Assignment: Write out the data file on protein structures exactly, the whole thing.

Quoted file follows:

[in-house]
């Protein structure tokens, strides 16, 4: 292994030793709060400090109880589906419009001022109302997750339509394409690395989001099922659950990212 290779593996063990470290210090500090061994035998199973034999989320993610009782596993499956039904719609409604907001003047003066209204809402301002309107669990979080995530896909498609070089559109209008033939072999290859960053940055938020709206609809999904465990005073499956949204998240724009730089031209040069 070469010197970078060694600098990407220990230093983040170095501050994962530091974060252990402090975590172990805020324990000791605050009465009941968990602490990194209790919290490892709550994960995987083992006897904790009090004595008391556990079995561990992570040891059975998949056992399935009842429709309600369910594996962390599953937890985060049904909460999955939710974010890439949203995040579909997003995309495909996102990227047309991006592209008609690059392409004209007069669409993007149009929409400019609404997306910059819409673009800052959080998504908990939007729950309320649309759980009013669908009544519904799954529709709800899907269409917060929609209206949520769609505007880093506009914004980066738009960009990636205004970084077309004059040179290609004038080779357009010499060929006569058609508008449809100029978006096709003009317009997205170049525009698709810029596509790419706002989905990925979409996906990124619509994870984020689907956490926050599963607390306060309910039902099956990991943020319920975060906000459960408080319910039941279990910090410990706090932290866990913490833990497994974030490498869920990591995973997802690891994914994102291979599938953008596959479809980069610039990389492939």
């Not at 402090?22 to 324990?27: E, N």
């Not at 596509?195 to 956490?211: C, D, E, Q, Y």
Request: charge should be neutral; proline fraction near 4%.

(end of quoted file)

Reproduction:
[in-house]
């Protein structure tokens, strides 16, 4: 292994030793709060400090109880589906419009001022109302997750339509394409690395989001099922659950990212 290779593996063990470290210090500090061994035998199973034999989320993610009782596993499956039904719609409604907001003047003066209204809402301002309107669990979080995530896909498609070089559109209008033939072999290859960053940055938020709206609809999904465990005073499956949204998240724009730089031209040069 070469010197970078060694600098990407220990230093983040170095501050994962530091974060252990402090975590172990805020324990000791605050009465009941968990602490990194209790919290490892709550994960995987083992006897904790009090004595008391556990079995561990992570040891059975998949056992399935009842429709309600369910594996962390599953937890985060049904909460999955939710974010890439949203995040579909997003995309495909996102990227047309991006592209008609690059392409004209007069669409993007149009929409400019609404997306910059819409673009800052959080998504908990939007729950309320649309759980009013669908009544519904799954529709709800899907269409917060929609209206949520769609505007880093506009914004980066738009960009990636205004970084077309004059040179290609004038080779357009010499060929006569058609508008449809100029978006096709003009317009997205170049525009698709810029596509790419706002989905990925979409996906990124619509994870984020689907956490926050599963607390306060309910039902099956990991943020319920975060906000459960408080319910039941279990910090410990706090932290866990913490833990497994974030490498869920990591995973997802690891994914994102291979599938953008596959479809980069610039990389492939």
């Not at 402090?22 to 324990?27: E, N």
């Not at 596509?195 to 956490?211: C, D, E, Q, Y």
Request: charge should be neutral; proline fraction near 4%.